All her life Lily had seen money go out as quickly as it came in, and whatever theories she cultivated as to the prudence of setting aside a part of her gains, she had unhappily no saving visions of the risks of the opposite course.
“Sometimes […] I think it’s just flightiness—and sometimes I think it’s because, at heart, she despises the things she’s trying for. And it’s the difficulty of deciding that makes her such an interesting study.”
It was before him again in its completeness—the choice in which she was content to rest: in the stupid costliness of the food and the showy dullness of the talk, in the freedom of speech which never arrived at wit and the freedom of act which never made for romance.
“The whole truth?” Miss Bart laughed. “What is truth? Where a woman is concerned, it's the story that’s easiest to believe. In this case it’s a great deal easier to believe Bertha Dorset’s story than mine, because she has a big house and an opera box, and it’s convenient to be on good terms with her.”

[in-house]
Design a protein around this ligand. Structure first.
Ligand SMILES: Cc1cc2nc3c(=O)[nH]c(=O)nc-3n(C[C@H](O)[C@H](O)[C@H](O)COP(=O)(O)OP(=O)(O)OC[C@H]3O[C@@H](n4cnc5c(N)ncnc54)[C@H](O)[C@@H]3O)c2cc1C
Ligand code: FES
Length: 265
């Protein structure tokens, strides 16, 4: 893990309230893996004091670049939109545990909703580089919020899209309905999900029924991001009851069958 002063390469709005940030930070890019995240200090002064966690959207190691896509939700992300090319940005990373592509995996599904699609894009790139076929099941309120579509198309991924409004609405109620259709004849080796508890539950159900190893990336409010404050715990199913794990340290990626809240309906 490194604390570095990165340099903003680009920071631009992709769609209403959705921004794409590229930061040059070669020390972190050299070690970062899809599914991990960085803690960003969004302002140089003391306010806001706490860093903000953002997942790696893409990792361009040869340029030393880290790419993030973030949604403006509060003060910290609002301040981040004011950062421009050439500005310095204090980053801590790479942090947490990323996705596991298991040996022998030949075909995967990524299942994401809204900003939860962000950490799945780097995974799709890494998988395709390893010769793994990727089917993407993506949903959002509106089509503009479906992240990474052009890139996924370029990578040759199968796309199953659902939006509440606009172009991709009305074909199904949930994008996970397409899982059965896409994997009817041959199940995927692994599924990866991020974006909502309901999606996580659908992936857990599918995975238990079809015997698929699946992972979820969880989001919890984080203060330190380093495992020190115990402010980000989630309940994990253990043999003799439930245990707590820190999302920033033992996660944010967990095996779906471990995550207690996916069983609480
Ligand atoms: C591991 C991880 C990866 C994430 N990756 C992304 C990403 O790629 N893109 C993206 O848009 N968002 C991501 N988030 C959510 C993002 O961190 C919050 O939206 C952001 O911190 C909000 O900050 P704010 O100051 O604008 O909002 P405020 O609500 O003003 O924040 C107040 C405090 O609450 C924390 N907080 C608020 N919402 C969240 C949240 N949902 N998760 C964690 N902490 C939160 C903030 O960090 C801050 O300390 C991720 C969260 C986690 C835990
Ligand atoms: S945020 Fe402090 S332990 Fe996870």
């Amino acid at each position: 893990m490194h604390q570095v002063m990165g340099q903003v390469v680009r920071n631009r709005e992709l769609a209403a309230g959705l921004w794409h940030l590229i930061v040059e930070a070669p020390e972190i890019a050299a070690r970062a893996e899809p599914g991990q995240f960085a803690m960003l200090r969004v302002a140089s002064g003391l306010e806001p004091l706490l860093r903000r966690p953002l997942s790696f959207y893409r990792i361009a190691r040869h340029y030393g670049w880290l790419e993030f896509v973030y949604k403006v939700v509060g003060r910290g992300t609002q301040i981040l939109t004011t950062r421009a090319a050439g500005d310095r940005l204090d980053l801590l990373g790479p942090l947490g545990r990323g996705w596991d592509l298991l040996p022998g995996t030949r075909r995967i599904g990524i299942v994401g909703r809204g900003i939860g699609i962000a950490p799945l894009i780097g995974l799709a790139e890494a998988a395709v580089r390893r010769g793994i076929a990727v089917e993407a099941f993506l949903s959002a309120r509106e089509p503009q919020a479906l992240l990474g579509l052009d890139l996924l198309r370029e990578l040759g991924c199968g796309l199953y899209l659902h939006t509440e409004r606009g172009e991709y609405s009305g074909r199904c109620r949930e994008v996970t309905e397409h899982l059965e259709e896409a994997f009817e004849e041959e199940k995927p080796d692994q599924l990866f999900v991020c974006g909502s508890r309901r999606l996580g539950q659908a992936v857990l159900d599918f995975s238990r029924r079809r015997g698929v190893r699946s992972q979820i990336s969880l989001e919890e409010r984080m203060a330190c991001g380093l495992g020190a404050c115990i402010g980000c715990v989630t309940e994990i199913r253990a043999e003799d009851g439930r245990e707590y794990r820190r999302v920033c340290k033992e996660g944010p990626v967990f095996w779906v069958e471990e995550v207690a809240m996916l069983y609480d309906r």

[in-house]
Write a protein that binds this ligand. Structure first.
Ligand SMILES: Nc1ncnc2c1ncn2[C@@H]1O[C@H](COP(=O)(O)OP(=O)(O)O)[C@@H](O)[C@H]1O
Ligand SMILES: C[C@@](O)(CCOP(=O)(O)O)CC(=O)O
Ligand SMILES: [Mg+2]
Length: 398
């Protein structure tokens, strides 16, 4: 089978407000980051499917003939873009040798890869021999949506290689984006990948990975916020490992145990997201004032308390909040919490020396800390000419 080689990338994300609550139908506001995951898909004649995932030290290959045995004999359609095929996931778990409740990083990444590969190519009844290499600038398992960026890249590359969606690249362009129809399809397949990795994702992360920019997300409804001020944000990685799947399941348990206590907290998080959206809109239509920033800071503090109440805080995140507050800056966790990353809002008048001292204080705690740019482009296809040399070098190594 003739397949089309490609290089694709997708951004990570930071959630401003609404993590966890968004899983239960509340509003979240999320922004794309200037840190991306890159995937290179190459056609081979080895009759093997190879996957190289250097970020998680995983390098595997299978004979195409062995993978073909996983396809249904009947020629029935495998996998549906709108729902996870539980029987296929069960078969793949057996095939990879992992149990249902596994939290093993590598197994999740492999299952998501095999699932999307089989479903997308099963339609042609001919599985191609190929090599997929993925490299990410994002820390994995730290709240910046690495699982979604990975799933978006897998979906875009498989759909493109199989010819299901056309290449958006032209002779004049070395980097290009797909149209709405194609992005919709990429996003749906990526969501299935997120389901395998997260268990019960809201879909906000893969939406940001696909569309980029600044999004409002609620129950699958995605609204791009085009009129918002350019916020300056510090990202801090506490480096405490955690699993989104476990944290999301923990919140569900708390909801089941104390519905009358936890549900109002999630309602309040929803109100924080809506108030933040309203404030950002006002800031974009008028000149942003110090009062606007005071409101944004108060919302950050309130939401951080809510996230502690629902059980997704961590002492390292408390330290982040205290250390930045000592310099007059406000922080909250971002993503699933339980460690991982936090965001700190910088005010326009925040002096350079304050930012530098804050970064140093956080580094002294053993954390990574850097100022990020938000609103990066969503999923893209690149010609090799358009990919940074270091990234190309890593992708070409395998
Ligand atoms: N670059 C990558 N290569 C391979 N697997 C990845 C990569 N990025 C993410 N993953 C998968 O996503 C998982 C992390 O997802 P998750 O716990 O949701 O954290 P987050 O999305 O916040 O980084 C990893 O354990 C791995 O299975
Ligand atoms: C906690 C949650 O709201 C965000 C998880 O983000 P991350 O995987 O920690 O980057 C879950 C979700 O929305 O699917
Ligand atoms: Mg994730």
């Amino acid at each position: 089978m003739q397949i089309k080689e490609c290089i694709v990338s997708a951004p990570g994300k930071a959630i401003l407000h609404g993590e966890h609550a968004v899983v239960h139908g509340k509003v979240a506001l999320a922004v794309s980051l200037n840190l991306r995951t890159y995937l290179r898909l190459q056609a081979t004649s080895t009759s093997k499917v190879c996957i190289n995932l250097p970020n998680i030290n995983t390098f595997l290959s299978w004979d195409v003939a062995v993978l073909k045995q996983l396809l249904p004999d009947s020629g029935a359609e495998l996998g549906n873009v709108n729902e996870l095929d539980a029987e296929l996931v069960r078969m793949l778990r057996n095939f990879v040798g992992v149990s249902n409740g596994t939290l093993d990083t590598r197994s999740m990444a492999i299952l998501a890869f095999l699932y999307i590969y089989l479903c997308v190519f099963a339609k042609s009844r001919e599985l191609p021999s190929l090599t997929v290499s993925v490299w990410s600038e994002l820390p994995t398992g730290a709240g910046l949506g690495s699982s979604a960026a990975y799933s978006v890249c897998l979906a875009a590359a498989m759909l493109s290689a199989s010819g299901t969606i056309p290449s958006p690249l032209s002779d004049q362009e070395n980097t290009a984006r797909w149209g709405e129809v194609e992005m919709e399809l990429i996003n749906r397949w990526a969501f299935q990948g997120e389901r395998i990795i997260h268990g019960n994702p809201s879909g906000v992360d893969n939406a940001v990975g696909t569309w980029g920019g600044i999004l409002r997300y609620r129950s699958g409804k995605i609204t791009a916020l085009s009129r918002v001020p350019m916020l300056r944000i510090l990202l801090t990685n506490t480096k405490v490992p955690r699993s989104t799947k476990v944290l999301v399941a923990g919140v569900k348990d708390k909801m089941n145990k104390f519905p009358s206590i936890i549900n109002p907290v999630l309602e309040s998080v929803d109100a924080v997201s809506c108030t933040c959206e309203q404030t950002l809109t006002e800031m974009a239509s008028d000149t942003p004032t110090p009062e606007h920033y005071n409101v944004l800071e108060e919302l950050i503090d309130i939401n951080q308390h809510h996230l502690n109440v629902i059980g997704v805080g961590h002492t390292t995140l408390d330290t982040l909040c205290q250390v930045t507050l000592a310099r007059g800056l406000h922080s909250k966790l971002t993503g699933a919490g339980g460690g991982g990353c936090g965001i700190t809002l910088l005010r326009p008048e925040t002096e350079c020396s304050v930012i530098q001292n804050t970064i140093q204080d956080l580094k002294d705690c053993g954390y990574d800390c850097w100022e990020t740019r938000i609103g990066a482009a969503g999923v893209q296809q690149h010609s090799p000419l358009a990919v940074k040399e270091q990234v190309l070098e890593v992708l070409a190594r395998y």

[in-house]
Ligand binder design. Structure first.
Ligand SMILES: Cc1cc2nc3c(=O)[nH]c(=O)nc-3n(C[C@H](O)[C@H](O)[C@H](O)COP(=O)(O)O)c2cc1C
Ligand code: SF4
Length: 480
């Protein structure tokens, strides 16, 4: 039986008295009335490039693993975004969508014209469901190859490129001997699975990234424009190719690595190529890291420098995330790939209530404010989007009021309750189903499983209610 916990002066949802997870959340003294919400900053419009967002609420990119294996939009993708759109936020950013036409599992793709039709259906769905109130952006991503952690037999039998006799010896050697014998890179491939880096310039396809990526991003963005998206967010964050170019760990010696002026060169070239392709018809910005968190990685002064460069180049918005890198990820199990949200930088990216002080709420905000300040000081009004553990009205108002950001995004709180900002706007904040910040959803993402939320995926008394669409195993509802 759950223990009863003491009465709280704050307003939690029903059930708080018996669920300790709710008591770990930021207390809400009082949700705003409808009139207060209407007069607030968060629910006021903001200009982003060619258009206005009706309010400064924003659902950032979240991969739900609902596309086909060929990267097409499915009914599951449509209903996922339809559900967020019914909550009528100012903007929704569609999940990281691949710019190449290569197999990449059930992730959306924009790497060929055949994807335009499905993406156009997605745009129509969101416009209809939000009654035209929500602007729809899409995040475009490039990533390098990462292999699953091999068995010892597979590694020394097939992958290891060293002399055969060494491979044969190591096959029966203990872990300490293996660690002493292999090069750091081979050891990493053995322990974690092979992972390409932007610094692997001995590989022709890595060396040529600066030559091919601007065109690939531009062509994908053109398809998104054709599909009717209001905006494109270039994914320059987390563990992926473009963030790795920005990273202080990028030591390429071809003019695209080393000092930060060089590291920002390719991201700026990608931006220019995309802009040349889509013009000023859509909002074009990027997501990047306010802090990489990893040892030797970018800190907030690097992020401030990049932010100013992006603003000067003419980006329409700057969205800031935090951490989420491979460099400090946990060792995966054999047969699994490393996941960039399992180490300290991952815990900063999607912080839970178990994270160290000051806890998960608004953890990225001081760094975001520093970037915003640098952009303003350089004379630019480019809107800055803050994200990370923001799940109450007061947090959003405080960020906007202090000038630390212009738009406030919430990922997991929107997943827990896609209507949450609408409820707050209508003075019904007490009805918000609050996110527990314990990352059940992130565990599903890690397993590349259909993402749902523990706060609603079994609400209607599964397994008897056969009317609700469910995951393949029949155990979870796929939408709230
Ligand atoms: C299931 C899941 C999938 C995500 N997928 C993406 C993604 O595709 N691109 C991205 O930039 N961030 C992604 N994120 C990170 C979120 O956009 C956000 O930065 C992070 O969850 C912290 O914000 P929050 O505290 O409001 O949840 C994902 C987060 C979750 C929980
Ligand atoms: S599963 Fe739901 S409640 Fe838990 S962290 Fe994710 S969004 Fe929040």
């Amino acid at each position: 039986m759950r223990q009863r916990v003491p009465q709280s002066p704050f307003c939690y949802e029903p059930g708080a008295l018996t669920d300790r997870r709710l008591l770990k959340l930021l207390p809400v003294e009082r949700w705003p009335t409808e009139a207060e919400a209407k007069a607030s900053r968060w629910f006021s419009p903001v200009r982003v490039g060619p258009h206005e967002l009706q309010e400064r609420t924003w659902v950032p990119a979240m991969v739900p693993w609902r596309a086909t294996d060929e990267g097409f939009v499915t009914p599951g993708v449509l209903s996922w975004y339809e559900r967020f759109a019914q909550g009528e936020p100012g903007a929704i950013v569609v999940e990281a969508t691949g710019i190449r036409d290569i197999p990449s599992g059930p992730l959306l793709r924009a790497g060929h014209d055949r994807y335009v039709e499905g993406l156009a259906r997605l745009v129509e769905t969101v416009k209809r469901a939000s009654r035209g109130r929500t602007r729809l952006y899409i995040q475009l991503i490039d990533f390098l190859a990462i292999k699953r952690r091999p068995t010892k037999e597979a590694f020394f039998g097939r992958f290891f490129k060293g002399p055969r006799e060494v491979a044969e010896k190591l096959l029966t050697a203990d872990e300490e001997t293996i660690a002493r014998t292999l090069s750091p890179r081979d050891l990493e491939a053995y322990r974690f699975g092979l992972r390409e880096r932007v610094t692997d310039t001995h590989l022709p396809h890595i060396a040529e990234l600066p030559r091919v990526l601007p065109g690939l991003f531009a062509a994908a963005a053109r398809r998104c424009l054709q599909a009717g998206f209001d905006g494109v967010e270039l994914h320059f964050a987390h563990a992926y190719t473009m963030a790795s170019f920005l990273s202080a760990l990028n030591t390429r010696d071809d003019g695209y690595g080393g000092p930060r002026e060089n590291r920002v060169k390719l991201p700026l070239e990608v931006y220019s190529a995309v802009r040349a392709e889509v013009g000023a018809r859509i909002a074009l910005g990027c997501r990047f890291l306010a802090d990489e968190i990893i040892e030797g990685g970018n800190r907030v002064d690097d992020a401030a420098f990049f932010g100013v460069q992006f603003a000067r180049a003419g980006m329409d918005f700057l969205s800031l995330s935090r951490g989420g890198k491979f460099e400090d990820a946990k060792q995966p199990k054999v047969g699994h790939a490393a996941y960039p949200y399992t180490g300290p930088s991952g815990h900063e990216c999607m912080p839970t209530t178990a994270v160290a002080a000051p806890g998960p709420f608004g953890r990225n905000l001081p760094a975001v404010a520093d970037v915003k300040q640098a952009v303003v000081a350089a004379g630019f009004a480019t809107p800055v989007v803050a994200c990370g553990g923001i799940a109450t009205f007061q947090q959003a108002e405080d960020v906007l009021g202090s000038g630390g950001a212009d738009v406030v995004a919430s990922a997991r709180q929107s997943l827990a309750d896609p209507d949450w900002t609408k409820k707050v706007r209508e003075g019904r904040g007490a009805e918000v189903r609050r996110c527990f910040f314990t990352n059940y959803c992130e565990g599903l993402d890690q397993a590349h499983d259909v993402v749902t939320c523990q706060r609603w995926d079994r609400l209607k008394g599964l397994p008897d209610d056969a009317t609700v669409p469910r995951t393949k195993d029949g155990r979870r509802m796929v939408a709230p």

It was no longer, however, from the vision of material poverty that she turned with the greatest shrinking. She had a sense of deeper impoverishment—of an inner destitution compared to which outward conditions dwindled into insignificance. It was indeed miserable to be poor—to look forward to a shabby, anxious middle-age, leading by dreary degrees of economy and self-denial to gradual absorption in the dingy communal existence of the boarding-house. But there was something more miserable still—it was the clutch of solitude at her heart, the sense of being swept like a stray uprooted growth down the headless current of the years. That was the feeling which possessed her now—the feeling of being something rootless and ephemeral, mere spindrift of the whirling surface of existence, without anything to which the poor little tentacles of self could cling before the awful flood submerged them.